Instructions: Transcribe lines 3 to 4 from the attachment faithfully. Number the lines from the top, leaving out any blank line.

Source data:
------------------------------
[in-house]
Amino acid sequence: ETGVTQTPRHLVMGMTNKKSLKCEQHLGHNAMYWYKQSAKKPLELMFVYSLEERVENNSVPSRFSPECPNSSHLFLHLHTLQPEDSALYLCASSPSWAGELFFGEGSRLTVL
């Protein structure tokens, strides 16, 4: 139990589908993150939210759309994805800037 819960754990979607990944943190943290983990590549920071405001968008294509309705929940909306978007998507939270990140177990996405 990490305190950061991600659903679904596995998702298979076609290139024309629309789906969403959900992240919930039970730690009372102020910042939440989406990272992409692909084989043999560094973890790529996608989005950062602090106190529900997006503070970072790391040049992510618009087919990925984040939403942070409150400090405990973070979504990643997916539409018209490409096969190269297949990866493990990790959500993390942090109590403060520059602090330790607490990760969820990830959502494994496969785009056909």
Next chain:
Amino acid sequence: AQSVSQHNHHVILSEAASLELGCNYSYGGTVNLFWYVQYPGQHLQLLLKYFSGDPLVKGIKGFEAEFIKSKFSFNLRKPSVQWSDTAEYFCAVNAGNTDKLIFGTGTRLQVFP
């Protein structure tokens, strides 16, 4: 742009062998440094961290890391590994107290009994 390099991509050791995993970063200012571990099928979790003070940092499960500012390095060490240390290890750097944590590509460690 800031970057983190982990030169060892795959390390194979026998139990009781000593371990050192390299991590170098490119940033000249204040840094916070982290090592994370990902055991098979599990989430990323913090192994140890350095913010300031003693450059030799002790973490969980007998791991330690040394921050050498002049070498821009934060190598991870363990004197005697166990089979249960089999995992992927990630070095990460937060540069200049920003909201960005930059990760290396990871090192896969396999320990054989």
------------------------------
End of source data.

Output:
């Protein structure tokens, strides 16, 4: 139990589908993150939210759309994805800037 819960754990979607990944943190943290983990590549920071405001968008294509309705929940909306978007998507939270990140177990996405 990490305190950061991600659903679904596995998702298979076609290139024309629309789906969403959900992240919930039970730690009372102020910042939440989406990272992409692909084989043999560094973890790529996608989005950062602090106190529900997006503070970072790391040049992510618009087919990925984040939403942070409150400090405990973070979504990643997916539409018209490409096969190269297949990866493990990790959500993390942090109590403060520059602090330790607490990760969820990830959502494994496969785009056909």
Next chain: